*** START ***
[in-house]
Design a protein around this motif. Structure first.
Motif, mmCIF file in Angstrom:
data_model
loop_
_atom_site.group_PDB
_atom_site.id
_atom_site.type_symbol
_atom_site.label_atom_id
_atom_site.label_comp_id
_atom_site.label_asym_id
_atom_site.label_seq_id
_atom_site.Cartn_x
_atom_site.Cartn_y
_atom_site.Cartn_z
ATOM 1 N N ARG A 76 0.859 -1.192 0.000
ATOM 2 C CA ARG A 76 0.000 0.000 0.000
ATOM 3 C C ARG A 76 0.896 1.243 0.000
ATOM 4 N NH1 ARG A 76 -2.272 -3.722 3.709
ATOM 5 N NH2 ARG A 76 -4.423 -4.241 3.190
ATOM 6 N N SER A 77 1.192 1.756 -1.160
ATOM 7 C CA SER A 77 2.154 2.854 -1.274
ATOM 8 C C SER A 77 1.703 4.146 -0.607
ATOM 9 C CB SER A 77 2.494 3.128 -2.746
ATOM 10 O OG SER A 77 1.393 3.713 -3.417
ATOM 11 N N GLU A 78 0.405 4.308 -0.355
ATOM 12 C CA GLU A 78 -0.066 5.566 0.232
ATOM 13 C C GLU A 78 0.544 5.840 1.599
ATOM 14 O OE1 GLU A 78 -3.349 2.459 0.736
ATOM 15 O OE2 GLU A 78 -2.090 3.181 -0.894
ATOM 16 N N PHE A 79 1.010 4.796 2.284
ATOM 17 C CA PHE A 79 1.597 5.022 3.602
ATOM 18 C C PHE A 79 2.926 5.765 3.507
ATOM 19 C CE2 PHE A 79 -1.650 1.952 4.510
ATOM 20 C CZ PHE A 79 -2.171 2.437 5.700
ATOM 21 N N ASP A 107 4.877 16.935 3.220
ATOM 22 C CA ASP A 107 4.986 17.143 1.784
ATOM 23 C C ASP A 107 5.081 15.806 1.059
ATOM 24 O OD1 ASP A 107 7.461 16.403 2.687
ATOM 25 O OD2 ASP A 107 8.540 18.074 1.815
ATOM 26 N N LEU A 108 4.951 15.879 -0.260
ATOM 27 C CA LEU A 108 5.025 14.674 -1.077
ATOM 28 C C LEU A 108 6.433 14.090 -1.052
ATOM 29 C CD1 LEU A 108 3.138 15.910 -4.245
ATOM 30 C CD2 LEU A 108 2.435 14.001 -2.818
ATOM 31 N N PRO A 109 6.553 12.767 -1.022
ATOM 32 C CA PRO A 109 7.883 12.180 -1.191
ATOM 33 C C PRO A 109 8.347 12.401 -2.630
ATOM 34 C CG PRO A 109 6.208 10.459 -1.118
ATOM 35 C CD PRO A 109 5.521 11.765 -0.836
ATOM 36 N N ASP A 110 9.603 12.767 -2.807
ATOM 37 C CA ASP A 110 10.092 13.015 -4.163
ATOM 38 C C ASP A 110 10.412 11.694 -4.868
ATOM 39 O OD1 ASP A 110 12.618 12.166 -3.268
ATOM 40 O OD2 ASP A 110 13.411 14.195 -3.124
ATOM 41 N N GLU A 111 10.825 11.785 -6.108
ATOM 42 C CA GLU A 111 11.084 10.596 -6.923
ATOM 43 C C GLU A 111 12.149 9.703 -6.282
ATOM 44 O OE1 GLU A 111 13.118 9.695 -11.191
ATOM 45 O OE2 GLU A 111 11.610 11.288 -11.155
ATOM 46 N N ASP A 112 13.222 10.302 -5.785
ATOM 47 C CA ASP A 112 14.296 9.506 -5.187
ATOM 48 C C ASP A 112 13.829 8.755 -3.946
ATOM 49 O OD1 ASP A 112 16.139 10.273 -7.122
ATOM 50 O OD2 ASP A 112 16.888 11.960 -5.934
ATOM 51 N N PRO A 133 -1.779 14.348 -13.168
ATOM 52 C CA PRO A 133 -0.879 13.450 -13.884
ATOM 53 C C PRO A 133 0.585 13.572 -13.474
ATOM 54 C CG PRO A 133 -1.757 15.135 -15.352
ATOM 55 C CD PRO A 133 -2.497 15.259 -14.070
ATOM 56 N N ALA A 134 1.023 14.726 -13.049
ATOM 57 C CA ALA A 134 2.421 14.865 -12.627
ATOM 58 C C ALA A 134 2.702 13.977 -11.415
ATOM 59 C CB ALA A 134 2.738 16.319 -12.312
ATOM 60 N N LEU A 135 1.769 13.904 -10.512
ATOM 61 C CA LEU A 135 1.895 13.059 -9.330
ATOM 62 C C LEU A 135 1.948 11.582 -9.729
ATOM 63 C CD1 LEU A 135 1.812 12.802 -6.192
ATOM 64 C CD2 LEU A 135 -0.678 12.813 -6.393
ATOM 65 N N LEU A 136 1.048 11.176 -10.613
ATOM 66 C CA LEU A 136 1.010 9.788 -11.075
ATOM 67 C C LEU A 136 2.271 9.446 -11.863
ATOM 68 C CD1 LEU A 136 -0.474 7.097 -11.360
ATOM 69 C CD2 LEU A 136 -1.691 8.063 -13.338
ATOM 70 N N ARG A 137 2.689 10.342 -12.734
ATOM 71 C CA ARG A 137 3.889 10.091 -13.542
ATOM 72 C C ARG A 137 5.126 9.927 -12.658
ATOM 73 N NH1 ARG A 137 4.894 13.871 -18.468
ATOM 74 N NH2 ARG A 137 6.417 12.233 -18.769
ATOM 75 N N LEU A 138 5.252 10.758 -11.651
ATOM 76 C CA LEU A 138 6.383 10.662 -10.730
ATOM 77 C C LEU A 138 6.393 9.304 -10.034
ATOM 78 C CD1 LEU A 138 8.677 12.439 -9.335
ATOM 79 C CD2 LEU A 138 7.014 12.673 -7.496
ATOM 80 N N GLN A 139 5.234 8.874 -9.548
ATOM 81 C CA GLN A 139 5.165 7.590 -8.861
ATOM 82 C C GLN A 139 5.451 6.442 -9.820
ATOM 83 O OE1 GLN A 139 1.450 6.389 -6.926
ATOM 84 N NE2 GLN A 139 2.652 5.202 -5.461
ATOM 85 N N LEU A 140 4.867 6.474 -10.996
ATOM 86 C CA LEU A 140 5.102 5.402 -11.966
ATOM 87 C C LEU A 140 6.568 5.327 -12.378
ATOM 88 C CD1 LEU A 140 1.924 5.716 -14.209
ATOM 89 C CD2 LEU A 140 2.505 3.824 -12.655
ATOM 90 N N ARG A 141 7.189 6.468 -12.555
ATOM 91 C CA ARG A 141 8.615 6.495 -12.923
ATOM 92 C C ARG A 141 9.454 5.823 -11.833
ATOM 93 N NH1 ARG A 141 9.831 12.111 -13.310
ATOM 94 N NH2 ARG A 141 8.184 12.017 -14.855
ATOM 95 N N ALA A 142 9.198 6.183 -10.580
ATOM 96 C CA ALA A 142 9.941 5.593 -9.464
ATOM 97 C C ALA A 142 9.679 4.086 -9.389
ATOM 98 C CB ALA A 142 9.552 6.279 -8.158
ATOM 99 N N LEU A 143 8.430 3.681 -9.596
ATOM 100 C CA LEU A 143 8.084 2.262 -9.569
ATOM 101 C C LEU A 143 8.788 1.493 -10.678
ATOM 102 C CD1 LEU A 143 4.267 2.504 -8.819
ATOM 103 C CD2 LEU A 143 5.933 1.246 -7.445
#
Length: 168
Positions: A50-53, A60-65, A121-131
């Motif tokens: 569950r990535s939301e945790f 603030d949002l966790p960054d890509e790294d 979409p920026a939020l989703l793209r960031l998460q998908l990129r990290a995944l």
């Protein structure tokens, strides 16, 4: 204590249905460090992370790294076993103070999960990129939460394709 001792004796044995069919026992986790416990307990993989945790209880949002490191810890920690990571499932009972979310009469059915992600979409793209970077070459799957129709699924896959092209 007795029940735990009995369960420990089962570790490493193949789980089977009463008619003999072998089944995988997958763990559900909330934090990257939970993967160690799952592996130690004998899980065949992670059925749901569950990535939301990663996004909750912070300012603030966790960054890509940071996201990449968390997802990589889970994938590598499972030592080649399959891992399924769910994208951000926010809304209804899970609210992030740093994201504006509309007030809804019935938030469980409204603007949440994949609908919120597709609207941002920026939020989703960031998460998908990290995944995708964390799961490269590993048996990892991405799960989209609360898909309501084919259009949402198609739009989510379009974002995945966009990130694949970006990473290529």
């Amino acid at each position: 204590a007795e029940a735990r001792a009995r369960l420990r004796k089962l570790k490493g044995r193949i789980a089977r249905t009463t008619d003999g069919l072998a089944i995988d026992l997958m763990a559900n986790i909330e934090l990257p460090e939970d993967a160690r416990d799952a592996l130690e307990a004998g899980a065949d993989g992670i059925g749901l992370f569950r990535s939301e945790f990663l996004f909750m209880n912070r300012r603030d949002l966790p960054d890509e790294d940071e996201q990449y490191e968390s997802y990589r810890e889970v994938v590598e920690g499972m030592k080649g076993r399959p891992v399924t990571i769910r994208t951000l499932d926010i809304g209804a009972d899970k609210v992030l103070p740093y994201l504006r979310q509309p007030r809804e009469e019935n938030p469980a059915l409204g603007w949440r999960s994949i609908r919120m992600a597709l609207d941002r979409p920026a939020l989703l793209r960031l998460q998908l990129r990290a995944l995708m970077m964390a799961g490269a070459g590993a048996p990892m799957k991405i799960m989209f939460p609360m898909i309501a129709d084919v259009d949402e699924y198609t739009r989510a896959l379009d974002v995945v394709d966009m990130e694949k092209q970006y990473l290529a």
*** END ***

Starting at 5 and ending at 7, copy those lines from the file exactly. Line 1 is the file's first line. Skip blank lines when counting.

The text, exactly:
loop_
_atom_site.group_PDB
_atom_site.id